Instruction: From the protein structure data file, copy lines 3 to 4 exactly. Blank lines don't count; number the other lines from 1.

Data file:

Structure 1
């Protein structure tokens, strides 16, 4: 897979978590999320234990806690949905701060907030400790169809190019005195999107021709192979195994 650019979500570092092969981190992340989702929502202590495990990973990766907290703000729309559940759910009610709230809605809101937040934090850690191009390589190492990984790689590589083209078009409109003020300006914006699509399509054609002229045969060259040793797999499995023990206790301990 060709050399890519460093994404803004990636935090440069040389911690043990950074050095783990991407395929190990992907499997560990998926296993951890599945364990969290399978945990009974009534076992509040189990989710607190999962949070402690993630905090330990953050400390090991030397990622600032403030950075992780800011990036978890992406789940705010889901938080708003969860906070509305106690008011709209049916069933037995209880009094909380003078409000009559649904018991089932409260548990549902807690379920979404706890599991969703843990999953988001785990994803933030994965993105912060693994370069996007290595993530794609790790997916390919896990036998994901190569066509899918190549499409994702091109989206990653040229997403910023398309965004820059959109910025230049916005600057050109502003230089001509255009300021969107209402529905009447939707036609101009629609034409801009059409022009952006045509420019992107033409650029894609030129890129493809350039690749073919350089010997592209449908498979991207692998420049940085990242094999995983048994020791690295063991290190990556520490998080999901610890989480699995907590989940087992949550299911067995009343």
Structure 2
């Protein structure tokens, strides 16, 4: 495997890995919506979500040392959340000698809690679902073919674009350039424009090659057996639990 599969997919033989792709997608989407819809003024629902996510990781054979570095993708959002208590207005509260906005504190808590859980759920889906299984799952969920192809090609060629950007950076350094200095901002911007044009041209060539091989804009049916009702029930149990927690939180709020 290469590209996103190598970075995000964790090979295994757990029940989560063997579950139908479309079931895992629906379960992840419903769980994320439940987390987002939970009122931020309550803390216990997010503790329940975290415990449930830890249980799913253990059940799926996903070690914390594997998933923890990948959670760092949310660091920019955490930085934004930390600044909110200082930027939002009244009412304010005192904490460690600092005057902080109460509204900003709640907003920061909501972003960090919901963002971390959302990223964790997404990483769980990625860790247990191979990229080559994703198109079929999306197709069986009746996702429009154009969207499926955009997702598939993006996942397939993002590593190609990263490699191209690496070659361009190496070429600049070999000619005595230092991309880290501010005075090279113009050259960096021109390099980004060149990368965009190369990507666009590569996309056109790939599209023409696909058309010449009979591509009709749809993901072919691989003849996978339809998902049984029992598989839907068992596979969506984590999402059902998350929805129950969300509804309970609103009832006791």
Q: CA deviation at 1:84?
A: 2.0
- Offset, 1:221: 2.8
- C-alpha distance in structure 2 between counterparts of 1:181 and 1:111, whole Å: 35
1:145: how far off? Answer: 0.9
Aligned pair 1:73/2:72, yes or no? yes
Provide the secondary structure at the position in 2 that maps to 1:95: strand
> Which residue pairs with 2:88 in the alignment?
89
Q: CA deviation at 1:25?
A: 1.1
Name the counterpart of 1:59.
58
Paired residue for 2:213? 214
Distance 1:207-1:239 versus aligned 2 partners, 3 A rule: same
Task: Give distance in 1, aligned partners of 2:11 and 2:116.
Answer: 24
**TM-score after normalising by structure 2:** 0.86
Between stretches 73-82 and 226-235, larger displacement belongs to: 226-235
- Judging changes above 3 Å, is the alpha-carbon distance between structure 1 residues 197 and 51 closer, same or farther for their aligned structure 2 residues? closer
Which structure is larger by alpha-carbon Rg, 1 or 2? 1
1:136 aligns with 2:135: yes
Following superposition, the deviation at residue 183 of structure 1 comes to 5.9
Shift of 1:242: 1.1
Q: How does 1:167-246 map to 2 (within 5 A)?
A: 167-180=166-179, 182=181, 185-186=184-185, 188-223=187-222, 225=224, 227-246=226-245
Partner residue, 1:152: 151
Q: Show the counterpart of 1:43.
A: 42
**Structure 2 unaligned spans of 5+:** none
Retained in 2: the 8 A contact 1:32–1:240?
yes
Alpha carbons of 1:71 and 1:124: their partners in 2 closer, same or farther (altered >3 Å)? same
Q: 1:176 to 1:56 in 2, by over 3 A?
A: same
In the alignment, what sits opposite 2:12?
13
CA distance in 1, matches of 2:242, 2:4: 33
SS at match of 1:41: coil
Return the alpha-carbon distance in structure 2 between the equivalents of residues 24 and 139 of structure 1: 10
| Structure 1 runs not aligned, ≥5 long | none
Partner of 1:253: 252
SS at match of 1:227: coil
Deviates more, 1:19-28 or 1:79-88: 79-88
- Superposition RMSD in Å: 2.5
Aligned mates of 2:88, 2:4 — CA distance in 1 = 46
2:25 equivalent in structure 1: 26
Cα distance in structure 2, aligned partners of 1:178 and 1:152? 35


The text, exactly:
Structure 2
């Protein structure tokens, strides 16, 4: 495997890995919506979500040392959340000698809690679902073919674009350039424009090659057996639990 599969997919033989792709997608989407819809003024629902996510990781054979570095993708959002208590207005509260906005504190808590859980759920889906299984799952969920192809090609060629950007950076350094200095901002911007044009041209060539091989804009049916009702029930149990927690939180709020 290469590209996103190598970075995000964790090979295994757990029940989560063997579950139908479309079931895992629906379960992840419903769980994320439940987390987002939970009122931020309550803390216990997010503790329940975290415990449930830890249980799913253990059940799926996903070690914390594997998933923890990948959670760092949310660091920019955490930085934004930390600044909110200082930027939002009244009412304010005192904490460690600092005057902080109460509204900003709640907003920061909501972003960090919901963002971390959302990223964790997404990483769980990625860790247990191979990229080559994703198109079929999306197709069986009746996702429009154009969207499926955009997702598939993006996942397939993002590593190609990263490699191209690496070659361009190496070429600049070999000619005595230092991309880290501010005075090279113009050259960096021109390099980004060149990368965009190369990507666009590569996309056109790939599209023409696909058309010449009979591509009709749809993901072919691989003849996978339809998902049984029992598989839907068992596979969506984590999402059902998350929805129950969300509804309970609103009832006791």